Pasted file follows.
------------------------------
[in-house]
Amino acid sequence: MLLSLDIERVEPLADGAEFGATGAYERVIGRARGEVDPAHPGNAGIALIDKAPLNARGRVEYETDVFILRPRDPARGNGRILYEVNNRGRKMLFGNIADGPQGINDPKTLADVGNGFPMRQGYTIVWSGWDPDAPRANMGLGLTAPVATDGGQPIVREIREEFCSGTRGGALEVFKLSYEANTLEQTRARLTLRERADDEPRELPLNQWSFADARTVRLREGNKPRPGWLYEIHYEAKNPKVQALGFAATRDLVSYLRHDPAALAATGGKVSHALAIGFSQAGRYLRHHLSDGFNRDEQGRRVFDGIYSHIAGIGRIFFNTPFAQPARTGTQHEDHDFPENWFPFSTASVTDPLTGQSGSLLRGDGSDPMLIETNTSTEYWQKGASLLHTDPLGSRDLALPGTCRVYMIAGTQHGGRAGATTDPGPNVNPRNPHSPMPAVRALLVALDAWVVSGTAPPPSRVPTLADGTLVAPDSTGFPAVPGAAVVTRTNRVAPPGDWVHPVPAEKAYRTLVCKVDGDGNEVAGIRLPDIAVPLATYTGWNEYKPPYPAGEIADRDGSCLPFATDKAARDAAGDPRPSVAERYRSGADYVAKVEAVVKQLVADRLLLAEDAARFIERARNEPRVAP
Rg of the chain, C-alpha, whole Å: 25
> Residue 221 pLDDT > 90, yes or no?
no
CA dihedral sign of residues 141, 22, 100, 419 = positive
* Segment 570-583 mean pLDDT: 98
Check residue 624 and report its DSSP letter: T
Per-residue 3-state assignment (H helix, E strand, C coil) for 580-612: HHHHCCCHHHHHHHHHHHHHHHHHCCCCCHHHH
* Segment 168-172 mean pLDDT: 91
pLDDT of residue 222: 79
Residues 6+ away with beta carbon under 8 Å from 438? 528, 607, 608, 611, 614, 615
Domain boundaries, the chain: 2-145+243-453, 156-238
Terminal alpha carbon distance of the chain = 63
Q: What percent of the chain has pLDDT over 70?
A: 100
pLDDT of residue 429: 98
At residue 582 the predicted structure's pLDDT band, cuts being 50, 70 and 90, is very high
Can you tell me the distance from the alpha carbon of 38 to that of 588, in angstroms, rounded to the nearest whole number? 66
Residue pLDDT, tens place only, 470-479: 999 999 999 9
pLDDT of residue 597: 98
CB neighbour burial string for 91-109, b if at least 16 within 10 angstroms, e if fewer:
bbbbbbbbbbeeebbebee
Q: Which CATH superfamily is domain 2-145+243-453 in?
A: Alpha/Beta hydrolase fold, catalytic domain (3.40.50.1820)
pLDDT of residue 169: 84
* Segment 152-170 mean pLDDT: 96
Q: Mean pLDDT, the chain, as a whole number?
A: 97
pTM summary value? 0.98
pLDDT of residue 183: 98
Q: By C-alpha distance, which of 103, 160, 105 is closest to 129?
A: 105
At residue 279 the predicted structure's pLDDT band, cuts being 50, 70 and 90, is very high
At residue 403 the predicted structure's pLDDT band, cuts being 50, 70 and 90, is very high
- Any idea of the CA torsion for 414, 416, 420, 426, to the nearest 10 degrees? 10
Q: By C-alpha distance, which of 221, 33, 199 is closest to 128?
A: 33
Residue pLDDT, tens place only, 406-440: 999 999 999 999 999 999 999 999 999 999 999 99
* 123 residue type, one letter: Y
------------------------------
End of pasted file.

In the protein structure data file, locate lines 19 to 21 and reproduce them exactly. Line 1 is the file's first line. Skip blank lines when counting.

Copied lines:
Can you tell me the distance from the alpha carbon of 38 to that of 588, in angstroms, rounded to the nearest whole number? 66
Residue pLDDT, tens place only, 470-479: 999 999 999 9
pLDDT of residue 597: 98